By Maisha L. Wester (auth.)
This new critique of latest African-American fiction explores its intersections with and evaluations of the Gothic style. Wester finds the myriad methods writers manage the style to critique the gothic's conventional racial ideologies and the mechanisms that have been appropriated and re-articulated as an invaluable automobile for the enunciation of the bizarre terrors and complexities of black lifestyles in the United States. Re-reading significant African American literary texts comparable to Narrative of the lifetime of Frederick Douglass, of 1 Blood, Cane, Invisible guy, and Corregidora African American Gothic investigates texts from each one significant period in African American tradition to teach how the gothic has regularly circulated during the African American literary canon.
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Additional info for African American Gothic: Screams from Shadowed Places
The chapter specifically interrogates how Jean Toomer’s Cane (1923) and Ralph Ellison’s Invisible Man (1952) use the gothic genre to critique black leadership, particularly the notion of the “race man,” as well as to destabilize the boundary marking freedom. The texts essentially problematize the easy dichotomy established by the Mason-Dixon line, and thus in many ways return to the horror that plague slave narrators at the end of their texts. Challenged to find a mythic home that reconnects them to their ancestry while also offering equal opportunity and an escape from oppressive racialisms, the texts suggests that the North/South divide is fictional, as each location offers as much redemption and horror as the Other.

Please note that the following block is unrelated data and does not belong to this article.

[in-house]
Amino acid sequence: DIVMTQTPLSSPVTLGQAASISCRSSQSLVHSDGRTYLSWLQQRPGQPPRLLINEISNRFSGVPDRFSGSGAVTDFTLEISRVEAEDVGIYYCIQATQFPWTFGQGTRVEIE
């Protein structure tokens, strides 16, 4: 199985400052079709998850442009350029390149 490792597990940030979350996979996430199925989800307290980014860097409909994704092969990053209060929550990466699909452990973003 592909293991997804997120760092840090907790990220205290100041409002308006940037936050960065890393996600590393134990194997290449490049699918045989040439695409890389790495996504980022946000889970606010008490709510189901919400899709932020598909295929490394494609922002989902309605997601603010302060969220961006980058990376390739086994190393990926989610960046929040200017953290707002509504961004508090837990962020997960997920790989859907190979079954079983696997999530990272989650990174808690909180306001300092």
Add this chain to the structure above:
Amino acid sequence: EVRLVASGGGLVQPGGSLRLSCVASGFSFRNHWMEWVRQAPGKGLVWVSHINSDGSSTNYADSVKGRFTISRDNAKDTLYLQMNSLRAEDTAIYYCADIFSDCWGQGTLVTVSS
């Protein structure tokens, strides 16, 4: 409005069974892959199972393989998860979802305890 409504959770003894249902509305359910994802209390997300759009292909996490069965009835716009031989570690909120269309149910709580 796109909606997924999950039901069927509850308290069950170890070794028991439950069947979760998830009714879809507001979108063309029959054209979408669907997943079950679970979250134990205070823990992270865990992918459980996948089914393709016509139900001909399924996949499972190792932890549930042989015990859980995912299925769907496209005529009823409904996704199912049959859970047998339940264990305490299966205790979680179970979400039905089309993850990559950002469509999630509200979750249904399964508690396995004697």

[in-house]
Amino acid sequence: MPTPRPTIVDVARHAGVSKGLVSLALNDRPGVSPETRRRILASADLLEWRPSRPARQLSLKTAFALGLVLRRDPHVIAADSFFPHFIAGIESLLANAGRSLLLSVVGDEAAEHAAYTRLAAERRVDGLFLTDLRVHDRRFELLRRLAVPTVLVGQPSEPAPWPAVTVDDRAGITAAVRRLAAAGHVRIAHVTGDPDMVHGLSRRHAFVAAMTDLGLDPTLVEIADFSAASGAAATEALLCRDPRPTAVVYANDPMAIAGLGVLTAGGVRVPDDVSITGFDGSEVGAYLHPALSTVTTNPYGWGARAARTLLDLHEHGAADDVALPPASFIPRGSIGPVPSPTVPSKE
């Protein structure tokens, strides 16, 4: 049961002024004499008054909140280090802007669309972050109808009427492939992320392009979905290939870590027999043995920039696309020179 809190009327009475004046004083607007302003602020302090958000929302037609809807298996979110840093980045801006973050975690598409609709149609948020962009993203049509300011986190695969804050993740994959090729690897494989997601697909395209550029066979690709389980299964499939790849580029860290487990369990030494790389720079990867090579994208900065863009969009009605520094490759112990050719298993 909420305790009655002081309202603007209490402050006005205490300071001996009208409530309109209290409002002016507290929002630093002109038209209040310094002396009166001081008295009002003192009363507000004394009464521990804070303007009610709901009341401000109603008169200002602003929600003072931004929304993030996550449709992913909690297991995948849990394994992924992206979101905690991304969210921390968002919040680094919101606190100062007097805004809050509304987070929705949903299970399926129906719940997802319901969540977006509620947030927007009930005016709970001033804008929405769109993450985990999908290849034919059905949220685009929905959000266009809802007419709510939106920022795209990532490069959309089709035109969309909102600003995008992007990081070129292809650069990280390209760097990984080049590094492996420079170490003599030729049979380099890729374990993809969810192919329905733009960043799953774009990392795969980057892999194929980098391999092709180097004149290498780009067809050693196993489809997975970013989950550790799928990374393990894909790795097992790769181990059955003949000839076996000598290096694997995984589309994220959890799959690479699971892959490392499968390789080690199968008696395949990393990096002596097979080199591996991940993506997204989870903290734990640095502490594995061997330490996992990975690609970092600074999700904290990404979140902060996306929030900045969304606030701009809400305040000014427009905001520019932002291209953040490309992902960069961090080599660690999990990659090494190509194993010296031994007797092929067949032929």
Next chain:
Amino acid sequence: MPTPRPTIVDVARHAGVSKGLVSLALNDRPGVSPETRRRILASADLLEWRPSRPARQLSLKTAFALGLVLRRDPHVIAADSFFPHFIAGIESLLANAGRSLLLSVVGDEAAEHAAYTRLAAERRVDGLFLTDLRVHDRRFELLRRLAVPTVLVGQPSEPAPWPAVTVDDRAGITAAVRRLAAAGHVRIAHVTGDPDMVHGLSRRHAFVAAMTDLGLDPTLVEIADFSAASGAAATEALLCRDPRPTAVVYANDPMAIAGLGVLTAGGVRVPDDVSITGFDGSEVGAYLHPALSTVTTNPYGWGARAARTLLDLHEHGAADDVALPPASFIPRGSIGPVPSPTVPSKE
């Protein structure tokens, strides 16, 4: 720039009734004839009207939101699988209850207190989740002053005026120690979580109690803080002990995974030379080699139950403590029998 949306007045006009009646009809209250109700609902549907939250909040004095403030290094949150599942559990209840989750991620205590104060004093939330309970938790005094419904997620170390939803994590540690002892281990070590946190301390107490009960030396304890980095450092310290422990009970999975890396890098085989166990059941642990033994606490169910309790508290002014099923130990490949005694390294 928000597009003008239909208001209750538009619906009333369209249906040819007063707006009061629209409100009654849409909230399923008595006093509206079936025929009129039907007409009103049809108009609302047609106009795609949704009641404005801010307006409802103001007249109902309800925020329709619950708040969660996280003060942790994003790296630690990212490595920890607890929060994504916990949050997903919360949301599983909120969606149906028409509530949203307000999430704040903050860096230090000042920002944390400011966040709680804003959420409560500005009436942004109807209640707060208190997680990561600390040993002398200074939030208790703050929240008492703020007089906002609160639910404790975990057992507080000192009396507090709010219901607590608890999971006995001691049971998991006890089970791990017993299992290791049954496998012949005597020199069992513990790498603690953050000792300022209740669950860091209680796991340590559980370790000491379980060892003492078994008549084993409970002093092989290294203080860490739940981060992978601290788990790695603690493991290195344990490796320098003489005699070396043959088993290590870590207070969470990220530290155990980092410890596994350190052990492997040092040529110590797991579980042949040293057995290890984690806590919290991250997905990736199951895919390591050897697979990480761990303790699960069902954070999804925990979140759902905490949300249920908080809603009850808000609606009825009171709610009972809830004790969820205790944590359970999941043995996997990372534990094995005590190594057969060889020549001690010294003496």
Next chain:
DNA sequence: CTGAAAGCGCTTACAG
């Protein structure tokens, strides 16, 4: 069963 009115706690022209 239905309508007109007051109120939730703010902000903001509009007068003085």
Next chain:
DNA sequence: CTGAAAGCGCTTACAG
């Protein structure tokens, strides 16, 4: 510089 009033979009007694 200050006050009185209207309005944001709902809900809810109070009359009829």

This queering gets picked up and repeatedly mobilized in American Gothic literature as racialized monsters are repeatedly characterized by libidinous sexuality and present the threat of rape to both heroes and heroines. Thus, for instance, the racial hybrid Peters in Poe’s The Narrative of Arthur Gordon Pym initially poses as a sexual threat to Pym, drunkenly entering Pym’s sleeping quarters to engage in long, intimate talks. Race similarly differentiates between types of women in American Gothic texts.
In her essay “Toward the Gothic: Terrorism and Homosexual Panic,” Eve Sedgwick remarks that the gothic trope of the unspoken/ unspeakable is often an evasive discourse on transgressive sexuality. Although she focuses on “homosexual panic” as represented in and by gothic modes, she includes a long list of what constitutes “transgressive sexuality,” including rape and, arguably, miscegenation through imagined black men’s rape of white women. Furthermore, her essay argues that homosexuality is but a symptom of other transgressions of nonsexualized boundaries, such as class and racial distinctions.
African American Gothic: Screams from Shadowed Places by Maisha L. Wester (auth.)